Comparison of CT methods for determining graft steatosis in living donor liver transplantation

  • Mehmet ŞekerEmail author
  • Cengiz Erol
  • Şinasi Sevmiş
  • Burcu Saka
  • Afak Durur Karakaya



To evaluate and compare the diagnostic performance of non-enhanced computed tomography (NECT) and contrast-enhanced CT (CECT) attenuation indices in the assessment of hepatic steatosis by using biopsy as the reference standard.

Materials and methods

This retrospective study was approved by our Institutional Review Board. 55 Potential donors who underwent both NECT and triphasic CECT and core liver biopsy, were included the study. Average attenuation measurements that were obtained from multiple regions in liver, spleen, and psoas muscle on both unenhanced and CECT were used for analysis. Hepatic attenuation measurements were analyzed with and without normalization with the spleen and psoas muscle. Linear regression and receiver operating characteristic (ROC) curve analysis were used to evaluate the statistical association between CT indices and steatosis at histology.


Linear regression analysis confirmed the strongest correlation between steatosis and normalized measurements of hepatic attenuation with splenic attenuations on hepatic venous phase of CECT scan (R 0.821; R2 0.674 and R 0.816; R2 0.665, respectively). The use of ROC curve analysis also demonstrated that normalized measurements of hepatic attenuation with splenic attenuations on hepatic venous phase of CECT showed high diagnostic performance regarding the qualitative distinction of steatosis (AUC values greater than 0.9).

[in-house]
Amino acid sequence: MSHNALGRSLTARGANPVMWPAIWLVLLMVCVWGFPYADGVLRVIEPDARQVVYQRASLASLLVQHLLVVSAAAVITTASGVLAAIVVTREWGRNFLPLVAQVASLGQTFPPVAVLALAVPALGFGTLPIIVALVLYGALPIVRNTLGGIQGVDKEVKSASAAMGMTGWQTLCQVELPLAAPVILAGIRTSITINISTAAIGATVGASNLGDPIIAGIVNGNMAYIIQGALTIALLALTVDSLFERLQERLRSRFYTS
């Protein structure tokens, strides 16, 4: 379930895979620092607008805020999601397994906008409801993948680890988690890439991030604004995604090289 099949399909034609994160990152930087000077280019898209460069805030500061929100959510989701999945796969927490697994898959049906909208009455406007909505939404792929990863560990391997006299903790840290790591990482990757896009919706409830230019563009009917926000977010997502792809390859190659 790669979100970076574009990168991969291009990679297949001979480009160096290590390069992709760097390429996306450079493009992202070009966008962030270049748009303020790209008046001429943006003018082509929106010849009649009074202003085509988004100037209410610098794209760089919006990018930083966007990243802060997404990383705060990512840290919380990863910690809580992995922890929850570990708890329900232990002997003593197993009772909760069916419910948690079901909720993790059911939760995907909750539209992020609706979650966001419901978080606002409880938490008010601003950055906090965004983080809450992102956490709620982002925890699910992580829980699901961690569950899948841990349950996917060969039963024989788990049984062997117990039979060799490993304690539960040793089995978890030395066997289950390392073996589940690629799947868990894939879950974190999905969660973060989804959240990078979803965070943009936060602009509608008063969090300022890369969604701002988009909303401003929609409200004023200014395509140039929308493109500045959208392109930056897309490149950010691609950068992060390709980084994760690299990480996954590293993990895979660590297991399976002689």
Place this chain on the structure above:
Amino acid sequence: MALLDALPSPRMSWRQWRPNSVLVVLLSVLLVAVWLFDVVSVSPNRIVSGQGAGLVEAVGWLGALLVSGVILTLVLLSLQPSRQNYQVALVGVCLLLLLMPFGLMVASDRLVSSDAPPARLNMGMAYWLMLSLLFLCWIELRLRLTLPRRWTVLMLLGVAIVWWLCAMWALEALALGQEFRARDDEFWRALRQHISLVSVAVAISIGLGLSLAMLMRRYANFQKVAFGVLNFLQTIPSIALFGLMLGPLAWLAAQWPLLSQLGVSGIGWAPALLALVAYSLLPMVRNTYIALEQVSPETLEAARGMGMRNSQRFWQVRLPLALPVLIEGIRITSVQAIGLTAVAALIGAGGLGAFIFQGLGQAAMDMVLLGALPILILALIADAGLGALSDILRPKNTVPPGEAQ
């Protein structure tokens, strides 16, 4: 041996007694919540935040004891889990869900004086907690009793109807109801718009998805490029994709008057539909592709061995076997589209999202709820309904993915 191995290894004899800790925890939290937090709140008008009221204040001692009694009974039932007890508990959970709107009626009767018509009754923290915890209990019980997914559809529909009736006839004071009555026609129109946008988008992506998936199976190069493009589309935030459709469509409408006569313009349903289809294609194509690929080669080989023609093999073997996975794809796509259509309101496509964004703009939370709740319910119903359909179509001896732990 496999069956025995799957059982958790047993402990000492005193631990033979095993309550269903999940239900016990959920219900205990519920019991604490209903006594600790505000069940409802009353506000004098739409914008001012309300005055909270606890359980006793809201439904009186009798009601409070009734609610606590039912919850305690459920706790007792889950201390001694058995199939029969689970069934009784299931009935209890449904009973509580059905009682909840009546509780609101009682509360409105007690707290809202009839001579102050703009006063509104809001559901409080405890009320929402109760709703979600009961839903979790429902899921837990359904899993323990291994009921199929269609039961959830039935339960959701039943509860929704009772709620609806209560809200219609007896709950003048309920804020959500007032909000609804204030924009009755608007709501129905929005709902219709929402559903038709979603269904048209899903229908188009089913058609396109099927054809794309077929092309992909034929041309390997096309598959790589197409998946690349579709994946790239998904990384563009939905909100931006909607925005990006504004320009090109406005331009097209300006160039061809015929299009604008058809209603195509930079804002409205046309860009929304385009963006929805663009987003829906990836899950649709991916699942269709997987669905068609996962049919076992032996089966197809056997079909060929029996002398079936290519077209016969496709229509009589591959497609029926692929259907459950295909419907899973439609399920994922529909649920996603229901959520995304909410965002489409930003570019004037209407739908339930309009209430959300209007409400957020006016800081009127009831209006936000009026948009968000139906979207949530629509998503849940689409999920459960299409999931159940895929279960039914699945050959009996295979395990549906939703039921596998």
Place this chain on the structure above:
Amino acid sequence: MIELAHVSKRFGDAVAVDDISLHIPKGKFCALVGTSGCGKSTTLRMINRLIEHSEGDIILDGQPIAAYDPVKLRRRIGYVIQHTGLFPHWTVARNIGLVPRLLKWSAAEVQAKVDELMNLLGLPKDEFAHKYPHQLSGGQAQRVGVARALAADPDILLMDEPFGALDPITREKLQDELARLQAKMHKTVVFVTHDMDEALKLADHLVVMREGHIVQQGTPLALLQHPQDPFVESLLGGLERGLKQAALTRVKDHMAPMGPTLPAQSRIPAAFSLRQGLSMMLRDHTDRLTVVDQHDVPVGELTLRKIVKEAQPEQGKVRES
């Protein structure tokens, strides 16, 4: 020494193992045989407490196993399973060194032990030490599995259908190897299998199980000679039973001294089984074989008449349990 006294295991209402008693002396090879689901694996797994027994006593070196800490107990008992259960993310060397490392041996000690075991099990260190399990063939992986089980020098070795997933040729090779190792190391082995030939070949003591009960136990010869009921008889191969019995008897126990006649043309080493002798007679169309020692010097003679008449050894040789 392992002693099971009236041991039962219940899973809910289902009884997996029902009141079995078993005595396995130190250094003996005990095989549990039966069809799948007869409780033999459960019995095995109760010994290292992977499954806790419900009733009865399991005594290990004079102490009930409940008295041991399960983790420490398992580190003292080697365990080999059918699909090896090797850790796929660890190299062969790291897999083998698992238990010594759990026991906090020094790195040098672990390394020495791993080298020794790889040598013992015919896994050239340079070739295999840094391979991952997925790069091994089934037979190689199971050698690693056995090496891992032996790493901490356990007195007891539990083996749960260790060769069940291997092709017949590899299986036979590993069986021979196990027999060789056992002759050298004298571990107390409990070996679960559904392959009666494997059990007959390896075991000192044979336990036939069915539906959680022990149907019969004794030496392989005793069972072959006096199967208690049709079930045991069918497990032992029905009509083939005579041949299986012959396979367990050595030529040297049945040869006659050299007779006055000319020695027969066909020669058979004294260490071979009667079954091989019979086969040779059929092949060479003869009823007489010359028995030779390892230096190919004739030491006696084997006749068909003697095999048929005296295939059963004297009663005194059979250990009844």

Attenuation measurements of liver normalized with spleen on hepatic venous phase may be useful in evaluating steatosis in donor candidates with moderate to severe steatosis who are unacceptable for liver donation. In this manner unnecessary liver biopsy may be avoided in those donor candidates.


Hepatic steatosis Living donor liver transplantation (LDLT) Contrast-enhanced CT Non-enhanced CT 


Compliance with ethical standards

Conflict of interest

We have no conflicts of interest to disclose.

Ethical approval

This study was approved by our Institutional Review Board.

Informed consent

All subjects gave written informed consent.

Supplementary material

261_2019_1993_MOESM1_ESM.docx (20 kb)
Supplementary material 1 (DOCX 20 kb)


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© Springer Science+Business Media, LLC, part of Springer Nature 2019

Authors and Affiliations

  1. 1.Department of Radiology, Faculty of MedicineMedipol UniversityIstanbulTurkey
  2. 2.Department of SurgeryYeni Yuzyıl UniversityIstanbulTurkey
  3. 3.Department of Pathology, Faculty of MedicineMedipol UniversityIstanbulTurkey

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